Kaepernick’s deal with Disney includes a Jemele Hill project at ESPN
By Kevin Draper
Colin Kaepernick and The Walt Disney Co. announced a production deal earlier this week that will see the activist quarterback produce “scripted and unscripted stories that explore race, social injustice and the quest for equity” for the media giant’s various platforms, including ESPN.
Work has already begun on a documentary series that will explore the past five years of Kaepernick’s life, as he began kneeling during the playing of the national anthem before NFL games to protest racism and police brutality, and later accused team owners of colluding to keep him out of the league.
It is a first-look deal, meaning Disney has the right of first refusal over projects that Ra Vision Media, Kaepernick’s company, comes up with.
The deal announced Monday is just one of many Kaepernick has signed in the past year to produce media about himself and the topics he cares about, even as he has remained silent publicly.
He has started a publishing company and plans to release a memoir. He partnered with writer-director Ava DuVernay for a Netflix series about his teenage years. He has a shoe with Nike. He plans to write pieces and conduct interviews for Medium, a blogging platform, and joined its board of directors.
Since the killing of George Floyd in police custody in May and the renewed national conversation about racism and police brutality that followed, Kaepernick’s kneeling protest has taken on new life. Joined by only a few dozen athletes across all sports in kneeling in 2016 and 2017, the last month has seen hundreds of European soccer players, Formula One drivers, tennis players and many other professional athletes take a knee. In some sports now, it is choosing not to kneel during “The Star-Spangled Banner” that stands out.
Still, even during a cultural sea change in how Americans view police behavior and the Black Lives Matter movement, Kaepernick’s partnership with ESPN signals a shift for the network. Perhaps the most surprising aspect of the announcement was the identity of a producer on the documentary series: Jemele Hill, who left ESPN in 2018.
Hill’s career has become very much entwined with Kaeperick’s. She was employed by ESPN for 12 years, and in 2017 she began hosting the 6 p.m. Eastern edition of ESPN’s highest profile show, “SportsCenter.” Alongside co-host Michael Smith, their version of “SportsCenter” unapologetically celebrated Black culture in a way that was rarely seen on ESPN previously.
The show immediately encountered both internal and external pushback, with ESPN being accused of being “too political.”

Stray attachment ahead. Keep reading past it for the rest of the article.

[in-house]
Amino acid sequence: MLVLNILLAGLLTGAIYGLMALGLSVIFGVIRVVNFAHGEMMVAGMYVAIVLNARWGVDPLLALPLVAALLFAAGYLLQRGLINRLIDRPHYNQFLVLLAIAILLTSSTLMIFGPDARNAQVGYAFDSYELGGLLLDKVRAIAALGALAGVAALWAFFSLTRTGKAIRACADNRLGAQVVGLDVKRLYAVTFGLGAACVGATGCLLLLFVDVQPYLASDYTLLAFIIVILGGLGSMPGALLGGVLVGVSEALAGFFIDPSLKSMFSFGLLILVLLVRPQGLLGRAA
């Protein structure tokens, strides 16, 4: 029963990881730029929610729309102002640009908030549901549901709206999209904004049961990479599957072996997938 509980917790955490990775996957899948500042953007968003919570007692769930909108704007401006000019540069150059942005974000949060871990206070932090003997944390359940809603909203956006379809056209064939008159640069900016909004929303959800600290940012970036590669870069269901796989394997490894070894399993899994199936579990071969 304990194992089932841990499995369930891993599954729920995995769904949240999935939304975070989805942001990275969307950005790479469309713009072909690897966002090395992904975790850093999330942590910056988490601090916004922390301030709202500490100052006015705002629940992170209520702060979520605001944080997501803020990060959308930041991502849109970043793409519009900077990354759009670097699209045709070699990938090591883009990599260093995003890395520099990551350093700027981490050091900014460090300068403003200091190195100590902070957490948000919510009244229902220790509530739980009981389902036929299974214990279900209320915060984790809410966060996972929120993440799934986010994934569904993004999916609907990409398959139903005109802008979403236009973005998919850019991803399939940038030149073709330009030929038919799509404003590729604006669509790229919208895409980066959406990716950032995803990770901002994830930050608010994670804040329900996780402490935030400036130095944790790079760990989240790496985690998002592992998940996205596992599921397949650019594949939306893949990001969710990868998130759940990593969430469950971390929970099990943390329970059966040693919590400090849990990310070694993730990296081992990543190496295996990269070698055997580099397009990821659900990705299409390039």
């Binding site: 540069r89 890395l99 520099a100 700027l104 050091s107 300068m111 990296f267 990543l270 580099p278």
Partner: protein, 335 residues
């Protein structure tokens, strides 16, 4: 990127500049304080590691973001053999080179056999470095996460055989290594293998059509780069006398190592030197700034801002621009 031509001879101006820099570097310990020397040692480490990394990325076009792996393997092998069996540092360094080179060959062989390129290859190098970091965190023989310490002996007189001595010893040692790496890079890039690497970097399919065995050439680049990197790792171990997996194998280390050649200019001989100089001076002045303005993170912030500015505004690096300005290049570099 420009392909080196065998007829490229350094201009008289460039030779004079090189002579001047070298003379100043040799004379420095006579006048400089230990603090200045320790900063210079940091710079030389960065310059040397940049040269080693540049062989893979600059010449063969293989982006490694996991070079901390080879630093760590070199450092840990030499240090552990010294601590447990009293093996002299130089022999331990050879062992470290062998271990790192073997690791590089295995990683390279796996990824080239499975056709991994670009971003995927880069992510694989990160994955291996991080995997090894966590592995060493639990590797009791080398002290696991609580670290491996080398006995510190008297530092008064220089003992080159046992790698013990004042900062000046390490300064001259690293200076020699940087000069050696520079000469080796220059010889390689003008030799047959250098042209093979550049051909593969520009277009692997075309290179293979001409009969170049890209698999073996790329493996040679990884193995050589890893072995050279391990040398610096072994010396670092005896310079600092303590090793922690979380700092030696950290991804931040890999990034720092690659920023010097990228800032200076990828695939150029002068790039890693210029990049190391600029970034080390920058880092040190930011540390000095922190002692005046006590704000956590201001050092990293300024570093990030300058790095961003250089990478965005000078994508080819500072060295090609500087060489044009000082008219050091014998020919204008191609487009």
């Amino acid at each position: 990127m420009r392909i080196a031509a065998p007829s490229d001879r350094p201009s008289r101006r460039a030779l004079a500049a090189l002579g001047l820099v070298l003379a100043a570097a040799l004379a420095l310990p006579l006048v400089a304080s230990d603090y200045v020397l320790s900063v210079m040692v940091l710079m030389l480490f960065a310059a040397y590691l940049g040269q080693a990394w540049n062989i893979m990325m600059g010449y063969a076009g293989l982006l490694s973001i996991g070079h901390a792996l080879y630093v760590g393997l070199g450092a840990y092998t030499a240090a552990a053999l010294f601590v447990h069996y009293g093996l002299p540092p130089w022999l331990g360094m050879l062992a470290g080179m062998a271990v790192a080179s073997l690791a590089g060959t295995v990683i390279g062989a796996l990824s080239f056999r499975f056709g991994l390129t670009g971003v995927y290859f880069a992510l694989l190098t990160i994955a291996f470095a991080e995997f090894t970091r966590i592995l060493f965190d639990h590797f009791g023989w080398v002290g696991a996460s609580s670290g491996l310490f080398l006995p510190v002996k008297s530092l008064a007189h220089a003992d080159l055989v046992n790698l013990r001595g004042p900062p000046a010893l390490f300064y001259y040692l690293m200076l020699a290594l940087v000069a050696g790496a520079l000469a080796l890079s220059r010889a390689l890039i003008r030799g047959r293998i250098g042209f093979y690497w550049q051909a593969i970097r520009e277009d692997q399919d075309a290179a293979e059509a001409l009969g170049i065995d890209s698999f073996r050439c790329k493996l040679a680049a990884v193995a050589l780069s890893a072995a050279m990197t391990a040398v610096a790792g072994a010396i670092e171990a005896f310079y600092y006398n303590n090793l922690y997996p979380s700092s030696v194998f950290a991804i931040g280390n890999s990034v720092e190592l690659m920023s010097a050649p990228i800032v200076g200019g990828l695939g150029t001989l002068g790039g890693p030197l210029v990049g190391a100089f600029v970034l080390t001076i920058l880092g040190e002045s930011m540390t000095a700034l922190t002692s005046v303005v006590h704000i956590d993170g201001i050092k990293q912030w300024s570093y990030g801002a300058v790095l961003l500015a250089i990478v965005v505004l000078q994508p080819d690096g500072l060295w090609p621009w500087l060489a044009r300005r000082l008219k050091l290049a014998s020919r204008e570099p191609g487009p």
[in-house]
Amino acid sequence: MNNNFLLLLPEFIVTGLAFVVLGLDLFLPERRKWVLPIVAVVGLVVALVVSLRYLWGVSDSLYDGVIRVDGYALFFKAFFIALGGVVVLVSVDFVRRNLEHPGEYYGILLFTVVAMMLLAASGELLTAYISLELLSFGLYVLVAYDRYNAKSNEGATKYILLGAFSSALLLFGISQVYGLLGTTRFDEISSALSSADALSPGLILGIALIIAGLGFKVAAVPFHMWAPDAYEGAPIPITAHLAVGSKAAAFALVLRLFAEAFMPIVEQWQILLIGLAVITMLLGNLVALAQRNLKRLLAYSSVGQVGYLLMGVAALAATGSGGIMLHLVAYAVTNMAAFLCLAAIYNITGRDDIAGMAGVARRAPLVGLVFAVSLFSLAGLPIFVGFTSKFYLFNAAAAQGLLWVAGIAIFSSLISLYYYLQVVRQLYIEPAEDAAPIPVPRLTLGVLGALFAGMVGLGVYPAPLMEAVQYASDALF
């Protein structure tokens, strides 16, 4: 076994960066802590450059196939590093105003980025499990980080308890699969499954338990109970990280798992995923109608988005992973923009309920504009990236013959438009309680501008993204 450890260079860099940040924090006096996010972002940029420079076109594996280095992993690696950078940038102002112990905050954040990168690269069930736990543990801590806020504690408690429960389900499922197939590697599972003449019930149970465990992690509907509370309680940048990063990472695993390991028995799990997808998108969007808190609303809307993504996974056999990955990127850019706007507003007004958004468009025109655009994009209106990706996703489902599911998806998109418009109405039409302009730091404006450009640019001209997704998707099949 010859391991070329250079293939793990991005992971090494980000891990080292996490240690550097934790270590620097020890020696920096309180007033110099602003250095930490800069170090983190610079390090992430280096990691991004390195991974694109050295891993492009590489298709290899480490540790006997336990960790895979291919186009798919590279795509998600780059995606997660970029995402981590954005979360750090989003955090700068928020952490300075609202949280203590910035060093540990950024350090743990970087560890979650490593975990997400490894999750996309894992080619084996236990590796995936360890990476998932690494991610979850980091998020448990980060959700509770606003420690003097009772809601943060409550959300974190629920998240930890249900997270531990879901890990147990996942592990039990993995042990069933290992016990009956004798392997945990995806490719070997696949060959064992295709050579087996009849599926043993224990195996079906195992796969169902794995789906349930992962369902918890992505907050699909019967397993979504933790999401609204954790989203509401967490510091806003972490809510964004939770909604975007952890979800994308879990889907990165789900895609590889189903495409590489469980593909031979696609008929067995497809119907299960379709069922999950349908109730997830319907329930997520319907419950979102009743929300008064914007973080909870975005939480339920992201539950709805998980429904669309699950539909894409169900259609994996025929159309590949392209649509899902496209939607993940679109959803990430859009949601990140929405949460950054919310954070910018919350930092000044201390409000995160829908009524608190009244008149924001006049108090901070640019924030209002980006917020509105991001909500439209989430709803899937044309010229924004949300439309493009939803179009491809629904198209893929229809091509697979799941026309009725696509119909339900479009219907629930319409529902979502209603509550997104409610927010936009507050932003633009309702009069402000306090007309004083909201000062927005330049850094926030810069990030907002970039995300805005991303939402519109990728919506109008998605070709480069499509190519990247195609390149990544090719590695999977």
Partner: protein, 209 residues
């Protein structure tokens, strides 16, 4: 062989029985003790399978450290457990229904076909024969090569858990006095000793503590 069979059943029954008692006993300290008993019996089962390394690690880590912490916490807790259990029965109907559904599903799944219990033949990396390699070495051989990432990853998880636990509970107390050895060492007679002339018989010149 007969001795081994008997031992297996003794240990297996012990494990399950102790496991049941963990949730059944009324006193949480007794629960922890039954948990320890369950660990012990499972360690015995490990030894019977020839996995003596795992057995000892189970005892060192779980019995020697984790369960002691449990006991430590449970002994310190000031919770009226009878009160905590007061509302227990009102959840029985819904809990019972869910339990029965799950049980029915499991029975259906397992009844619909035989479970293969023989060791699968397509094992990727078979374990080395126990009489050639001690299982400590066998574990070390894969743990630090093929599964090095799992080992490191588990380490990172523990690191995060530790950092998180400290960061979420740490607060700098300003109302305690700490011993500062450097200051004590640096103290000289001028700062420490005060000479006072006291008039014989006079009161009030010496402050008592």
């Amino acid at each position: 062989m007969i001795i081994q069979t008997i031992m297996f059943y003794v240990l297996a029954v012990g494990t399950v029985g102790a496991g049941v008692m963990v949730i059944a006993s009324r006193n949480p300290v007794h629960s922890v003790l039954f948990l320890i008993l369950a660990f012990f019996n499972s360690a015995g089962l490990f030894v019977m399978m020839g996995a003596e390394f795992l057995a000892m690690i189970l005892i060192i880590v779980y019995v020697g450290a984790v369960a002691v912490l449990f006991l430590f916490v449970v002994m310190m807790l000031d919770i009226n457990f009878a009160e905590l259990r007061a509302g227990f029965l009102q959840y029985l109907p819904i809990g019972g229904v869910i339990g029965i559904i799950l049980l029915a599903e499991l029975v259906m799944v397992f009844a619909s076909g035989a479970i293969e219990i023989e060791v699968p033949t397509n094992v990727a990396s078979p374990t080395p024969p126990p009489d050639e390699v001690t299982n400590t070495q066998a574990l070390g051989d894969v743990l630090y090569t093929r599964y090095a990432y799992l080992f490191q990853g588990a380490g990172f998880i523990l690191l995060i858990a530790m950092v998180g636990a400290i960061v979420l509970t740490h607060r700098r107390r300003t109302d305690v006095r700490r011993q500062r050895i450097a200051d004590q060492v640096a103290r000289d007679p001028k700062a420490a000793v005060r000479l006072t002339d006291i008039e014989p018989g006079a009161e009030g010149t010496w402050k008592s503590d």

In September 2017, days before President Donald Trump demanded that NFL owners fire those who protested during the national anthem, using an expletive to describe the players, Hill tweeted that the president was a white supremacist. Hill was rebuked by the White House, which set off a firestorm both within ESPN and across sports media. Six months later, she was off the air, and ESPN later bought her out of her contract despite still owing millions.
“There’s been a big debate about whether ESPN should be focused more on what happens on the field of sport than what happens in terms of where sports is societally or politically,”
said Bob Iger, who was Disney’s chief executive, in 2018. Iger said that Jimmy Pitaro, ESPN’s president, “felt that the pendulum may have swung a little bit too far away from the field. And I happen to believe he was right.”
Since the death of Floyd — and no doubt influenced by the limited number of live sporting events taking place because of the coronavirus pandemic — ESPN has covered stories of race and police brutality with a vigor that would have been hard to imagine when Iger made his comments. It also would have been hard to imagine Hill working with her former employer so soon.
After the deal was announced, Hill alluded to her history with ESPN. She wrote on Twitter that Kaepernick “was adamant that his work be surrounded by Black and brown voices. It also was important for me to use my influence to elevate these voices, particularly inside of ESPN.”
As for Iger, who two years ago thought ESPN’s coverage had strayed too far from games? On Monday, he said that Kaepernick’s “experience gives him a unique perspective on the intersection of sports, culture and race, which will undoubtedly create compelling stories that will educate, enlighten and entertain.”